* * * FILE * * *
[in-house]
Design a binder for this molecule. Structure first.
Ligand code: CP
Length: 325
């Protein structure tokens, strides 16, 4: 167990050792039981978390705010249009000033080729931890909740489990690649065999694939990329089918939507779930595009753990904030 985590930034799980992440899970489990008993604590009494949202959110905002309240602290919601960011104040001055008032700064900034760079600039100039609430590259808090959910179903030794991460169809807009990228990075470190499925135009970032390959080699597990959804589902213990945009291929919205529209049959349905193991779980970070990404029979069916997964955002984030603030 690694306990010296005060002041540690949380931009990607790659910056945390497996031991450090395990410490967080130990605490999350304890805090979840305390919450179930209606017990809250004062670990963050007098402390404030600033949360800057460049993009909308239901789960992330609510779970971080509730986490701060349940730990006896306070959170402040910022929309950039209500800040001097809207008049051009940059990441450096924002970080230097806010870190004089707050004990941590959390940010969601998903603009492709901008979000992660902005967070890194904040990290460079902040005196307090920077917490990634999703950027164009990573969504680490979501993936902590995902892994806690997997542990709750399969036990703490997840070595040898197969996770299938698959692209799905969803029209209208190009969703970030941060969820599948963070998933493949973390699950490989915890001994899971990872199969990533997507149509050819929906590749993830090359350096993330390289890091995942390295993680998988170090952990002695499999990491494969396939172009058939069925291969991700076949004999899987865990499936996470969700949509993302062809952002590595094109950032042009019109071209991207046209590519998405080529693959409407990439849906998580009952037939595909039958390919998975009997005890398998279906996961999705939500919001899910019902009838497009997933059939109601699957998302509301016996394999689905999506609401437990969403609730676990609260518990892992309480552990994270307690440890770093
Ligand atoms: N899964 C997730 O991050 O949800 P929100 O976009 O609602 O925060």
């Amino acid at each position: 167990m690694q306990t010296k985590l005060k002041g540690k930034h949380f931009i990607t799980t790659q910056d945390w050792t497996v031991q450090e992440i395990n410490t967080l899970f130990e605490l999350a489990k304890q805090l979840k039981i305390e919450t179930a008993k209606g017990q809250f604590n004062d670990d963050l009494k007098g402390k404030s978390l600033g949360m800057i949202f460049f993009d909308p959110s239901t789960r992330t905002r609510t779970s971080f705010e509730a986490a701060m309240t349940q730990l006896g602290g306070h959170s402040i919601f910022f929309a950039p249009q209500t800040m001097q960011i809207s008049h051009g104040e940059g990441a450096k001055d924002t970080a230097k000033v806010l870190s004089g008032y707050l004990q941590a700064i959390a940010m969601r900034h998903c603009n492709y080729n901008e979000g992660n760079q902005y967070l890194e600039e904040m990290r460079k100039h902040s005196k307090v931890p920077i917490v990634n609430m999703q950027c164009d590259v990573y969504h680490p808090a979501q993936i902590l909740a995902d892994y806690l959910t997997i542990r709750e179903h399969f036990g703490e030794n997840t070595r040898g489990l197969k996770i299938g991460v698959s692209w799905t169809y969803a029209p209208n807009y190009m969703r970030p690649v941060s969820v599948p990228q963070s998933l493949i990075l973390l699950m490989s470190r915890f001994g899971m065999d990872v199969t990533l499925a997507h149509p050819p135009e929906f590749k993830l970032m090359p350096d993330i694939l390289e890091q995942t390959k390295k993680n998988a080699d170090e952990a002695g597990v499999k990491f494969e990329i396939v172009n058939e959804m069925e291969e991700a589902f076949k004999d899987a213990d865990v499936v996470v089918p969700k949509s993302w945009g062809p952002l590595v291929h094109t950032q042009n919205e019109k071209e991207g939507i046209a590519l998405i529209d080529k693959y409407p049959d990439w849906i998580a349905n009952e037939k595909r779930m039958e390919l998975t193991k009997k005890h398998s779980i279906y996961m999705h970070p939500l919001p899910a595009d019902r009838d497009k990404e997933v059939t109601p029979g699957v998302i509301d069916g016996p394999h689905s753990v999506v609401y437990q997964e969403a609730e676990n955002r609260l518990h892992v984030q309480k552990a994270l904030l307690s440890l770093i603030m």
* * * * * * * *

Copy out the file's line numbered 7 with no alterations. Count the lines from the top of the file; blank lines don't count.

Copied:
């Amino acid at each position: 167990m690694q306990t010296k985590l005060k002041g540690k930034h949380f931009i990607t799980t790659q910056d945390w050792t497996v031991q450090e992440i395990n410490t967080l899970f130990e605490l999350a489990k304890q805090l979840k039981i305390e919450t179930a008993k209606g017990q809250f604590n004062d670990d963050l009494k007098g402390k404030s978390l600033g949360m800057i949202f460049f993009d909308p959110s239901t789960r992330t905002r609510t779970s971080f705010e509730a986490a701060m309240t349940q730990l006896g602290g306070h959170s402040i919601f910022f929309a950039p249009q209500t800040m001097q960011i809207s008049h051009g104040e940059g990441a450096k001055d924002t970080a230097k000033v806010l870190s004089g008032y707050l004990q941590a700064i959390a940010m969601r900034h998903c603009n492709y080729n901008e979000g992660n760079q902005y967070l890194e600039e904040m990290r460079k100039h902040s005196k307090v931890p920077i917490v990634n609430m999703q950027c164009d590259v990573y969504h680490p808090a979501q993936i902590l909740a995902d892994y806690l959910t997997i542990r709750e179903h399969f036990g703490e030794n997840t070595r040898g489990l197969k996770i299938g991460v698959s692209w799905t169809y969803a029209p209208n807009y190009m969703r970030p690649v941060s969820v599948p990228q963070s998933l493949i990075l973390l699950m490989s470190r915890f001994g899971m065999d990872v199969t990533l499925a997507h149509p050819p135009e929906f590749k993830l970032m090359p350096d993330i694939l390289e890091q995942t390959k390295k993680n998988a080699d170090e952990a002695g597990v499999k990491f494969e990329i396939v172009n058939e959804m069925e291969e991700a589902f076949k004999d899987a213990d865990v499936v996470v089918p969700k949509s993302w945009g062809p952002l590595v291929h094109t950032q042009n919205e019109k071209e991207g939507i046209a590519l998405i529209d080529k693959y409407p049959d990439w849906i998580a349905n009952e037939k595909r779930m039958e390919l998975t193991k009997k005890h398998s779980i279906y996961m999705h970070p939500l919001p899910a595009d019902r009838d497009k990404e997933v059939t109601p029979g699957v998302i509301d069916g016996p394999h689905s753990v999506v609401y437990q997964e969403a609730e676990n955002r609260l518990h892992v984030q309480k552990a994270l904030l307690s440890l770093i603030m």